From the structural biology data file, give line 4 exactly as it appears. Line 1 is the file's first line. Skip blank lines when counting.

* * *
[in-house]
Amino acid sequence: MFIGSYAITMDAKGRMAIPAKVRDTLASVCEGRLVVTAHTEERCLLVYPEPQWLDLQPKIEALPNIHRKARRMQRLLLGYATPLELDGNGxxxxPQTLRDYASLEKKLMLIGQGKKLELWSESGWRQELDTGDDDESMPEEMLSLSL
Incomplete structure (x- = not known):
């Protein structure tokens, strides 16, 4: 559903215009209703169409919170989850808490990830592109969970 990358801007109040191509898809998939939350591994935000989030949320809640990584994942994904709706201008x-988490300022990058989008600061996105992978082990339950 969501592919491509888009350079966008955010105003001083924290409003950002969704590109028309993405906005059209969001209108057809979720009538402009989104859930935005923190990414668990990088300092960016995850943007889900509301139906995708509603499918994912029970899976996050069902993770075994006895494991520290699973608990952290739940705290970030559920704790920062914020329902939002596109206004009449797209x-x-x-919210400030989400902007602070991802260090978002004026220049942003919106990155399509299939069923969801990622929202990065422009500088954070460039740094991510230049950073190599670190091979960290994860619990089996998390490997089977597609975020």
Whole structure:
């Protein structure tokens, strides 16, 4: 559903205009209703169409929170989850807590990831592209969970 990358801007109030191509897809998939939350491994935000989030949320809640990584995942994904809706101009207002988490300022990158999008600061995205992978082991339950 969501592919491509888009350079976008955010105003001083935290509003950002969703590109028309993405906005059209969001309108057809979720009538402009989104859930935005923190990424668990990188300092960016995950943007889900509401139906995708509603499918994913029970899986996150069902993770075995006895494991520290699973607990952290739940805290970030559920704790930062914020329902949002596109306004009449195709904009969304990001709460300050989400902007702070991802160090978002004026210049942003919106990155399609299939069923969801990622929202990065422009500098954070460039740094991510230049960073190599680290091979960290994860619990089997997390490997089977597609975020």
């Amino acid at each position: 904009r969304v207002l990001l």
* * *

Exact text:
């Protein structure tokens, strides 16, 4: 559903215009209703169409919170989850808490990830592109969970 990358801007109040191509898809998939939350591994935000989030949320809640990584994942994904709706201008x-988490300022990058989008600061996105992978082990339950 969501592919491509888009350079966008955010105003001083924290409003950002969704590109028309993405906005059209969001209108057809979720009538402009989104859930935005923190990414668990990088300092960016995850943007889900509301139906995708509603499918994912029970899976996050069902993770075994006895494991520290699973608990952290739940705290970030559920704790920062914020329902939002596109206004009449797209x-x-x-919210400030989400902007602070991802260090978002004026220049942003919106990155399509299939069923969801990622929202990065422009500088954070460039740094991510230049950073190599670190091979960290994860619990089996998390490997089977597609975020």